The show itself doesn’t work as well in a camp situation as it does in an assembly. The kids are not as focused, the counselors don’t have the same clout as teachers, and it is the summer. I did think the group did quite well for the situation, counselors got up and danced (and that encouraged the kids) and there were pockets of girls and boys who found ways to interact with each other, so we did our best to keep the music moving. I’m just not sure that the presentational/historical aspect had much affect, and these kids have no idea who Muddy Waters, Louis Armstrong, etc. are (nor the fact that they are radically important black artists).

The kids and staff were very polite and everyone enjoyed the afternoon’s show. Still, it was work. Thank goodness for working with my professional friends in the band.

Driving up from Philly was a bitch, though, and I was beat when I got back after 4 pm.

Off to Riegelsville for a spotlight set at Andy’s Jam. I’m dragging for this one.

This has always been a good gig – the summer Kids’ Camp at Allentown’s Jewish Community Center.  The preschool kids are always bright and there is a good amount of engaged teachers, too.

This session brought in the entire daycare, with infants, toddlers and young, active preschoolers. It made for an interesting audience, and though I play to the preschoolers, I love to see the reactions of the younger children, especially when I witness their engagement at any level.

Before the main core of kids came in, the infants came in, in strollers with their caregivers. I went over to play guitar and sing for them and the reactions were wonderful. The teachers got out their Ipads and recorded some of the rapt attention and one child clapping her hands and feet to All God’s Critters. It was a shear delight for us all.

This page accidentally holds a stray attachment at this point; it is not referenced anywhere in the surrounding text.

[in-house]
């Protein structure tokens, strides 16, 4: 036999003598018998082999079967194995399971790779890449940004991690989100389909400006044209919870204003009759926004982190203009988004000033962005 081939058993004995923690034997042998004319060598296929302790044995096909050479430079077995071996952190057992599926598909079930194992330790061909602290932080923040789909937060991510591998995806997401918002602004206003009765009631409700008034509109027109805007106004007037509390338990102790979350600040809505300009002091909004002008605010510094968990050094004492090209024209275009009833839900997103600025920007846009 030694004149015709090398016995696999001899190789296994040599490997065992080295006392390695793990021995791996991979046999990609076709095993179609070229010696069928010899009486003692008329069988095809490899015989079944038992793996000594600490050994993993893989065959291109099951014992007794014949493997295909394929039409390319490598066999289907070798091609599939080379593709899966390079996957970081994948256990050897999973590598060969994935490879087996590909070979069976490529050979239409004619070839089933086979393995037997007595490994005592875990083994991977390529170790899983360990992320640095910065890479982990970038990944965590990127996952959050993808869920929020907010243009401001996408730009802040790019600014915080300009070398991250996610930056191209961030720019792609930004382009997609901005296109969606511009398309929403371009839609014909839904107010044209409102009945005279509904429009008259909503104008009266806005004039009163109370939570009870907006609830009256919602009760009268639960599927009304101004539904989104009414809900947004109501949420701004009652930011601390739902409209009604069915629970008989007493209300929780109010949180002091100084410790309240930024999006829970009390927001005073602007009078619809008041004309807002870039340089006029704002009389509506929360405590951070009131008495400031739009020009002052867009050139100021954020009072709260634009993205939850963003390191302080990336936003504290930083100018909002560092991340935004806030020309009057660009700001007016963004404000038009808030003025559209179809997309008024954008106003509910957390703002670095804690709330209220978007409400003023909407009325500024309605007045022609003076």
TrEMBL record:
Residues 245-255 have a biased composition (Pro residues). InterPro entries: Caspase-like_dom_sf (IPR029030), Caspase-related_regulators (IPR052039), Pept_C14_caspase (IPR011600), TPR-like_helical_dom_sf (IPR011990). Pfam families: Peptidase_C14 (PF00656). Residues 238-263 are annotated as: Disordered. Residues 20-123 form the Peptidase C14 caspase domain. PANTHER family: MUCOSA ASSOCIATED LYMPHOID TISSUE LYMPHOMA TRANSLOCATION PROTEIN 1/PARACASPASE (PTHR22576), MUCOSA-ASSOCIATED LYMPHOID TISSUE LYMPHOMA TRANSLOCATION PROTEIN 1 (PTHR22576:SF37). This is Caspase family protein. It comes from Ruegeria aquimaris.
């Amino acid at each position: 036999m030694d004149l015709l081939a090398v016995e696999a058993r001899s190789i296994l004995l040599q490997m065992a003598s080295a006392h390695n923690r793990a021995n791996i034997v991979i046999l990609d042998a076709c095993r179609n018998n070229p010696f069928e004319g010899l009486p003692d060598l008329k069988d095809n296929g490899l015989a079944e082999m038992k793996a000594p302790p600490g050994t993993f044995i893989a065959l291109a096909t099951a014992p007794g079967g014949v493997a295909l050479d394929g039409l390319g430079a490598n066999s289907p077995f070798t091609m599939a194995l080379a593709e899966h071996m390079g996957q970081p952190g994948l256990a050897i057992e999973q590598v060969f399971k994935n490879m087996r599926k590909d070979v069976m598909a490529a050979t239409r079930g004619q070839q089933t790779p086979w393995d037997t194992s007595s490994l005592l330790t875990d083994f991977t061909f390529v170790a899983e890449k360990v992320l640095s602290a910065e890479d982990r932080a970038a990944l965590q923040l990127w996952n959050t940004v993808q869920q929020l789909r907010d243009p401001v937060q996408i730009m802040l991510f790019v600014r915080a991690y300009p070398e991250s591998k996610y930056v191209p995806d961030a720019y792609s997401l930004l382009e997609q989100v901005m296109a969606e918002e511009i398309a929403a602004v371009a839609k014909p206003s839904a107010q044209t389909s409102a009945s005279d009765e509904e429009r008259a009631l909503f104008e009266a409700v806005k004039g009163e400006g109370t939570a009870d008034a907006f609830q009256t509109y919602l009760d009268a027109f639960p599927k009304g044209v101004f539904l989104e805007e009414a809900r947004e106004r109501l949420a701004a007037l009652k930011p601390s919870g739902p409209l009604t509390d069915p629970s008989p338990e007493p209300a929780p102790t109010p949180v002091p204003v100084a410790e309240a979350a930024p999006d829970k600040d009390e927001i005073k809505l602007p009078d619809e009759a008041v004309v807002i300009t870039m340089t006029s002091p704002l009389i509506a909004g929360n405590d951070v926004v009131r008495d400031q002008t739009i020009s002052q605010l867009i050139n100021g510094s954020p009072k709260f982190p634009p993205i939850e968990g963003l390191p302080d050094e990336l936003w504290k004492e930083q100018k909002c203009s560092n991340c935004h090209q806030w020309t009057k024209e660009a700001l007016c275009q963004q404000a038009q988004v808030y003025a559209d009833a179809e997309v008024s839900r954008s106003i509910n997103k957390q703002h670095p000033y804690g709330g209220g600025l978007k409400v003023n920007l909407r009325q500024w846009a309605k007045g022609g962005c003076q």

As the kids gathered for our set, the older kids sat on the gym floor in front of me while the toddlers sat on mats around that area. The energy of the teachers adds a whole lot to the situation, as they help guide the younger kids with hand-motions, singing, etc. since the kids have little idea of what’s going on. It also gives me a chance to play to the adults, as well. During Bear Hunt, two young girls were laughing and rolling on their backs when I did the “what’s that?” I said an aside to the teachers, “That’s what the girls used to do when I played in bars.” Part of my success is the attention to the adults in the audience. Not necessarily planned but instinctive.

The 45 minutes went quickly and I had them up dancing with puppets, instruments, etc. when I noticed the attention of the toddlers start to wander. At the end, we talked about what we did, and the older kids were surprisingly in tune. It was a great session and appreciated by the teachers and the JCC administrators. I was back on the road by 10:30 in the morning.


   This is one of my favorite annual gigs – a special needs summer camp in CT. I’ve been doing this one for 10 years or so, so the kids, counselors and staff are primed and ready for my show. We do it in the auditorium of the local high school with lots of room on the floor for the crowd.